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Follow up

You usually have follow up appointments every few months to check how you are and see whether you have any problems or worries. The appointments also give you the chance to raise any concerns you have about your progress.

What happens

Your doctor or nurse examines you at each appointment. They ask how you are feeling, whether you have had any symptoms or side effects, and if you are worried about anything.

You might also have tests at some visits.

Tests include:

  • a CT scan of your chest, tummy (abdomen) and the area between your hips (pelvis)
  • blood tests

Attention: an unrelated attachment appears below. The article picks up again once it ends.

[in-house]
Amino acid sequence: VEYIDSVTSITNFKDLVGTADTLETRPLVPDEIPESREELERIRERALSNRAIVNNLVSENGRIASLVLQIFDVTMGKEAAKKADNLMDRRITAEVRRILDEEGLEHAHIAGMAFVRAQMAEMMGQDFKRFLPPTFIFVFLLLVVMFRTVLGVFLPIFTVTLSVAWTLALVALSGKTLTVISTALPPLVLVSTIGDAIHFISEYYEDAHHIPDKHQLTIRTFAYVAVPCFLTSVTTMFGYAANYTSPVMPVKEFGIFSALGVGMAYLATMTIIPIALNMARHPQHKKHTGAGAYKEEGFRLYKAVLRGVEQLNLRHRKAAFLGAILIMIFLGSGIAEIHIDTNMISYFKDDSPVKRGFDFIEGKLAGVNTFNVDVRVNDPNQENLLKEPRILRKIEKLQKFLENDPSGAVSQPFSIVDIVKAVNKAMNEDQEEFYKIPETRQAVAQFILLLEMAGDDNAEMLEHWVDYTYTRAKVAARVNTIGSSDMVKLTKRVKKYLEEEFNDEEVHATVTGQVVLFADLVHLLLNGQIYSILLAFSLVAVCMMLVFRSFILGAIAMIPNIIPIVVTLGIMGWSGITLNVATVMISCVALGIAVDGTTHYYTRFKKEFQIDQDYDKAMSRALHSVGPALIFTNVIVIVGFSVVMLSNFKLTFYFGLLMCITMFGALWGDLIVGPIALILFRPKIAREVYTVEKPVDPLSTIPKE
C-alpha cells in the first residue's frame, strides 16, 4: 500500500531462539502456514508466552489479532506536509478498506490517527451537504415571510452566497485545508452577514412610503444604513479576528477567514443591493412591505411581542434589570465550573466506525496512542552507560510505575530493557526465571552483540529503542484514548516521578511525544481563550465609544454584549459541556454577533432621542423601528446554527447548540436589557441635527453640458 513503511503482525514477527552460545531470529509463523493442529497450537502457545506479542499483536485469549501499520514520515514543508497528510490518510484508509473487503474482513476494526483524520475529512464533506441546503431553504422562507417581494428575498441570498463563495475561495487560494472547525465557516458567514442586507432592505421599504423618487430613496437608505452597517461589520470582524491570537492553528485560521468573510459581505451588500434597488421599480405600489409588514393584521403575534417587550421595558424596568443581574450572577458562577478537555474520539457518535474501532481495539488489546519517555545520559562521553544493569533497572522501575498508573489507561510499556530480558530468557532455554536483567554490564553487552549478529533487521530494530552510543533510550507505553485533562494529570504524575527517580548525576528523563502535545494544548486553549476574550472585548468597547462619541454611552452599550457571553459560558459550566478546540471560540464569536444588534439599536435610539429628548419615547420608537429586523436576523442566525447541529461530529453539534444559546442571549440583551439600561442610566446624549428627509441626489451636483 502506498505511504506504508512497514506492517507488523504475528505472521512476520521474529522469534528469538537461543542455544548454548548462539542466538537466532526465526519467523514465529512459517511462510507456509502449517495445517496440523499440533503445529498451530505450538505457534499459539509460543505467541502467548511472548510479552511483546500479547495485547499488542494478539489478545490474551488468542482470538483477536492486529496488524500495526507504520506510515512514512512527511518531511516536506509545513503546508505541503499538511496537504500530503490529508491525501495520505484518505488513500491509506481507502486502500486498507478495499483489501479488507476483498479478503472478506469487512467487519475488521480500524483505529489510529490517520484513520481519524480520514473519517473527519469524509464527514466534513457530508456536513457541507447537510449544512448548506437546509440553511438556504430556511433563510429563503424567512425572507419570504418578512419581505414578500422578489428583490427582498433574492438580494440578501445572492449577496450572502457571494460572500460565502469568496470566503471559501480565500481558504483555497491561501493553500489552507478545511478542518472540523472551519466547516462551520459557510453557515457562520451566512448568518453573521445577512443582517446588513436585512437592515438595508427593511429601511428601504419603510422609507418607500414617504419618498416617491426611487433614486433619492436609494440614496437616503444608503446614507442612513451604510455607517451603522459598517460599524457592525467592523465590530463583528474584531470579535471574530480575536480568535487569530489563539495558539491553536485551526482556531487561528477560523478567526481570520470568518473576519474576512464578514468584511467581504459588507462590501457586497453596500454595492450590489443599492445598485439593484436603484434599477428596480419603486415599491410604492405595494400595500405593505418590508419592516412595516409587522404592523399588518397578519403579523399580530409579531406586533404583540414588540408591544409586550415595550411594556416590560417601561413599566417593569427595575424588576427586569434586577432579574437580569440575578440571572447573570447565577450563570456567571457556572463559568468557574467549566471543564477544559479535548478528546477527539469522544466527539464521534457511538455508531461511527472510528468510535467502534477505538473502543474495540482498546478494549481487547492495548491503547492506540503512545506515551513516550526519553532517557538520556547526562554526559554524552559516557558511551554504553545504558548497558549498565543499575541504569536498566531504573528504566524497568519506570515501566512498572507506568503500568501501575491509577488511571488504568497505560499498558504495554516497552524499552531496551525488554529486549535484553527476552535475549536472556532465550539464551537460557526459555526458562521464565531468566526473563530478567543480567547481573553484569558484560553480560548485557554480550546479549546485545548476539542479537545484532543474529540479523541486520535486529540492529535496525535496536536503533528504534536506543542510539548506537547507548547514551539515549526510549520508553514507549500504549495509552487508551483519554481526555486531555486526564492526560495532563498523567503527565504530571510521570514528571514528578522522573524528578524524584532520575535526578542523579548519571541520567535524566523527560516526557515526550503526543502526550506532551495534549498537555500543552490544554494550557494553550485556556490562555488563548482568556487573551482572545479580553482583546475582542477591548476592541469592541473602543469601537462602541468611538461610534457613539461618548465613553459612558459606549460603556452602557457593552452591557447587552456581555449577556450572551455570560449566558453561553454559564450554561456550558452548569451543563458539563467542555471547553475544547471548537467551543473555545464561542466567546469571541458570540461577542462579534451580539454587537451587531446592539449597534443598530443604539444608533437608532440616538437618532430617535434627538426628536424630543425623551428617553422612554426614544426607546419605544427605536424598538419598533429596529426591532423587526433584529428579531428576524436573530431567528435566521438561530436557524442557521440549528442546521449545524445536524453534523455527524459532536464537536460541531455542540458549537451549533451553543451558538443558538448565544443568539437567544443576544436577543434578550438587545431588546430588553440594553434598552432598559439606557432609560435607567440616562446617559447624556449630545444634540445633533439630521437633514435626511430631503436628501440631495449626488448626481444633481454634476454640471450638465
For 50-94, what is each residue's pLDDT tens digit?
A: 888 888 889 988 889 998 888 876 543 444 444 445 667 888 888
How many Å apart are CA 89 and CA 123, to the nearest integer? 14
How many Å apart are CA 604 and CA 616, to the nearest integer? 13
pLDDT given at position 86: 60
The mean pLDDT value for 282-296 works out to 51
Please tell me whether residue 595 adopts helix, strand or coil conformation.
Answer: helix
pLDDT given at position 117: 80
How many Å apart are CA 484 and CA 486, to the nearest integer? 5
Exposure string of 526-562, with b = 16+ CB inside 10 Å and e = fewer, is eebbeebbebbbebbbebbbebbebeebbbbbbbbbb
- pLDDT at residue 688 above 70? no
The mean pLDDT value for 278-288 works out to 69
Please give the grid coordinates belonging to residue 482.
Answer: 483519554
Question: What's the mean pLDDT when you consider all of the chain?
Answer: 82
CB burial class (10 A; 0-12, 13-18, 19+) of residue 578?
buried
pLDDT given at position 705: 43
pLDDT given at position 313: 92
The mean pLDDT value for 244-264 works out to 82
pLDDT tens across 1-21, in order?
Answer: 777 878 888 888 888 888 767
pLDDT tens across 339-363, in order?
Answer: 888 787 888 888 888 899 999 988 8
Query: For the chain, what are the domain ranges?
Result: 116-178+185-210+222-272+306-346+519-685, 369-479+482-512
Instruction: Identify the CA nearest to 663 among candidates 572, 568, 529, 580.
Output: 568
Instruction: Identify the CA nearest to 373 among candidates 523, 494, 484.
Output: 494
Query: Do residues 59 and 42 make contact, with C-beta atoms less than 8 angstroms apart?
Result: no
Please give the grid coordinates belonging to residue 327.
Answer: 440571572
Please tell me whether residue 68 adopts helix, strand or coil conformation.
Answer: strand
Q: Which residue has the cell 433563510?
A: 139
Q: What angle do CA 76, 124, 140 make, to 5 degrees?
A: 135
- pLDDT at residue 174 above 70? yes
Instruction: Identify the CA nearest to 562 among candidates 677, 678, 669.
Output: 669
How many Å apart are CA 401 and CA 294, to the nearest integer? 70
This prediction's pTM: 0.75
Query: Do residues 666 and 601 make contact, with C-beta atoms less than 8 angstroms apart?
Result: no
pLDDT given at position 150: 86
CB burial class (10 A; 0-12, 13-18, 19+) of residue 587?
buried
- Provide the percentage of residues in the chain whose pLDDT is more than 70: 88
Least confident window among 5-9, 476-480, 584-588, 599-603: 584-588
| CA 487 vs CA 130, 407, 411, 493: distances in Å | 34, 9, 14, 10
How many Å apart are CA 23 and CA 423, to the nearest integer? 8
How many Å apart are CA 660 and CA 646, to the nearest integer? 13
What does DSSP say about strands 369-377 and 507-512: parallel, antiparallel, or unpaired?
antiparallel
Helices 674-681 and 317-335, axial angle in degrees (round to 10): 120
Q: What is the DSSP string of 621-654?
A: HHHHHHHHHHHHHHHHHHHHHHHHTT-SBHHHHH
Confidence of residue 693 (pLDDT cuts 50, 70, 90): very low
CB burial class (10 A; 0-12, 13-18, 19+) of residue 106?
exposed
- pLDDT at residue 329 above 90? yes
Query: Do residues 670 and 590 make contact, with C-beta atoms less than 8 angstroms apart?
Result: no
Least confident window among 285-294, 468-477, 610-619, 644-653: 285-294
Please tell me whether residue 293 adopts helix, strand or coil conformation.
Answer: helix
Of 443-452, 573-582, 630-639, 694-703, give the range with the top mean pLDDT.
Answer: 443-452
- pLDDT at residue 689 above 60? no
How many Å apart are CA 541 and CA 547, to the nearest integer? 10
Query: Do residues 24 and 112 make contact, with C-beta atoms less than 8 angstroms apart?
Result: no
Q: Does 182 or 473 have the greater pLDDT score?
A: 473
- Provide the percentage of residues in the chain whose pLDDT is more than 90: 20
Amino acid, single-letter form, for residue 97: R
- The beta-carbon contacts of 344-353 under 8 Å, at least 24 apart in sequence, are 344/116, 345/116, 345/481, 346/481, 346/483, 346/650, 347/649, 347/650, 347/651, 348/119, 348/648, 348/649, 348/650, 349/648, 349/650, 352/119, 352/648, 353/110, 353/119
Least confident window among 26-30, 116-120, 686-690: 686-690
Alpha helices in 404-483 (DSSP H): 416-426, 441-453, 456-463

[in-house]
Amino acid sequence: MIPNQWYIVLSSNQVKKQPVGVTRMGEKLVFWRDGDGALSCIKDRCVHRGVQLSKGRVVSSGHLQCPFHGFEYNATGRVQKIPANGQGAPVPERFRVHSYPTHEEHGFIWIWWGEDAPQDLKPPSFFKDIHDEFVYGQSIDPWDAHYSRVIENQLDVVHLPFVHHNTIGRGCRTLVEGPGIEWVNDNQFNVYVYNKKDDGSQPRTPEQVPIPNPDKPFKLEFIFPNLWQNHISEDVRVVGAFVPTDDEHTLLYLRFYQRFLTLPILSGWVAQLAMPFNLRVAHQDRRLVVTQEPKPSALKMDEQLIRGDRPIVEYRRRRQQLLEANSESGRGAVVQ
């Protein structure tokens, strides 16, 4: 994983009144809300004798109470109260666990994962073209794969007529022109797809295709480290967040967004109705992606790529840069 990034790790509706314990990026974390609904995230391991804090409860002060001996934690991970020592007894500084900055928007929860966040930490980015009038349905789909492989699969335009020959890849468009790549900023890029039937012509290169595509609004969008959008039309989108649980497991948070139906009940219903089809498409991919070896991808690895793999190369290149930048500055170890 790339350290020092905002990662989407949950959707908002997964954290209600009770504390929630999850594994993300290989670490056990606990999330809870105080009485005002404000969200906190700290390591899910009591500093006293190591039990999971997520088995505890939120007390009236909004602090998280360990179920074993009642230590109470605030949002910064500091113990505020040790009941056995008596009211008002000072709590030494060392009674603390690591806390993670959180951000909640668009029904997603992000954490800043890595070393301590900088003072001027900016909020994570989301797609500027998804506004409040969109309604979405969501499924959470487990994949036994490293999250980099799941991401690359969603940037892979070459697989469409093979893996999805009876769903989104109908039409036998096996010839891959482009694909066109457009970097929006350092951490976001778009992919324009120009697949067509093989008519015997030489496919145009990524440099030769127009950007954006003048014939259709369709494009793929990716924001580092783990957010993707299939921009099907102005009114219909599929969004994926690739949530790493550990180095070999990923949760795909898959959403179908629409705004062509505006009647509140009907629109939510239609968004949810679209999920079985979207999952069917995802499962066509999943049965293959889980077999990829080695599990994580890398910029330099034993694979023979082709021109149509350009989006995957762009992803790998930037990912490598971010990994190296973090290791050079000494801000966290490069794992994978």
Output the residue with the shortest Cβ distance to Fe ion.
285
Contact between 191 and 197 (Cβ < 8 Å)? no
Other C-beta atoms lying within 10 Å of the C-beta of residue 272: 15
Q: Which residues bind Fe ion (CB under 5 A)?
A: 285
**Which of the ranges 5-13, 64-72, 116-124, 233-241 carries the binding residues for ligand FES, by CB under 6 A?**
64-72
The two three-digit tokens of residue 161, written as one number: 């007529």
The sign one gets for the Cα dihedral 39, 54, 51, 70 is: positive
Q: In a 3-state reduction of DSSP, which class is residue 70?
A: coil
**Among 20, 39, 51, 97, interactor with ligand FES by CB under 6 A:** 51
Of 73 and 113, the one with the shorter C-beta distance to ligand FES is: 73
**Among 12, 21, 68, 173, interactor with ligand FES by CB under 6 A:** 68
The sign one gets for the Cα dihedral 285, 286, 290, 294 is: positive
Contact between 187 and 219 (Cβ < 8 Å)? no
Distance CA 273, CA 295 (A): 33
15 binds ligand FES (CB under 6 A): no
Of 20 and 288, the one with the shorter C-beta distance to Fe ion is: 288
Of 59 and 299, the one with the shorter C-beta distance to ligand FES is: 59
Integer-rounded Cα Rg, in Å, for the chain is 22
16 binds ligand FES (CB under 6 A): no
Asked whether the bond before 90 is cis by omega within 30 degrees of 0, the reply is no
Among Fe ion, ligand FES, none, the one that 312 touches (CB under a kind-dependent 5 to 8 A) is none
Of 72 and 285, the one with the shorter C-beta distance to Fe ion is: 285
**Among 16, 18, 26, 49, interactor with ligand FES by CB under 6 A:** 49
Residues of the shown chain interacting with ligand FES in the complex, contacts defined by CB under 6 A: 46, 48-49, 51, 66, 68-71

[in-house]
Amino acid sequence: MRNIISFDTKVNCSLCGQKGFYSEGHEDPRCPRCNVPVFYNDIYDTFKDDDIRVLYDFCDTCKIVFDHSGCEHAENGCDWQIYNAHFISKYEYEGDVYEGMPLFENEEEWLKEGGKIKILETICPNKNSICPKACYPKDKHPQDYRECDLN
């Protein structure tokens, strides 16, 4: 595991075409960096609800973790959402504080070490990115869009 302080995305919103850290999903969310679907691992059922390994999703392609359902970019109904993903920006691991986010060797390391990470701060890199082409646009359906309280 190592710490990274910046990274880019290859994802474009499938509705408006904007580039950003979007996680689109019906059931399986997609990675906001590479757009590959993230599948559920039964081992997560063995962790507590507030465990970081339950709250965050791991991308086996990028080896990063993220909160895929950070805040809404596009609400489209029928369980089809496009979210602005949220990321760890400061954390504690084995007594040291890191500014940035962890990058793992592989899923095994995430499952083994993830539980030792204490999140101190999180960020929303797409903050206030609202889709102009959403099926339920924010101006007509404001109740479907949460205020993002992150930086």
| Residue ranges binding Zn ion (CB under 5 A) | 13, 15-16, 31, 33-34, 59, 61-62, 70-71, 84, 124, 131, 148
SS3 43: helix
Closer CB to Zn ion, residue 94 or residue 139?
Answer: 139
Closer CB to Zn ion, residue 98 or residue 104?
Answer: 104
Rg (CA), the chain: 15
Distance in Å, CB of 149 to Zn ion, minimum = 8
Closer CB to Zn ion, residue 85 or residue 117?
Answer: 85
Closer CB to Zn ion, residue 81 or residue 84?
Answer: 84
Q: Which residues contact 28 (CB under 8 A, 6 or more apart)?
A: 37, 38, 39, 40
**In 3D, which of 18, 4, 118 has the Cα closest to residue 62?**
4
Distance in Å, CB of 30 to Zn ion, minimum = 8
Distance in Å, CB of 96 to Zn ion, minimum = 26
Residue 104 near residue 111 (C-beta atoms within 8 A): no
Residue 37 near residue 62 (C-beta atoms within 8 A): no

Blood tests help check your general health, such as how well your liver is working. Your doctor might also check for levels of CEA and CA19-9 in your blood. These can be used as tumour markers. If the levels go up it could be a sign that the cancer is growing, or has come back after surgery.

How often

How often you have follow up appointments can vary between hospitals and depends on your situation. 

If you had treatment to try to cure your cancer, you are likely to have follow up appointments every 3 to 6 months for the first 5 years, and then yearly after that.

Between appointments

Contact your doctor or specialist nurse if you have any concerns between appointments. You should also contact them if you notice any new symptoms. You don’t have to wait until your next visit.
Last reviewed: 
23 Dec 2020
Next review due: 
23 Dec 2023
  • Biliary cancer: ESMO clinical practice guidelines for diagnosis, treatment and follow up
    JW Valle and others
    Annals of Oncology, 2016. Volume 27, Pages 28-37

  • Guidelines for the diagnosis and treatment of cholangiocarcinoma: an update
    SA Khan and others 
    Gut, 2012. Volume 61, Pages 1657-1669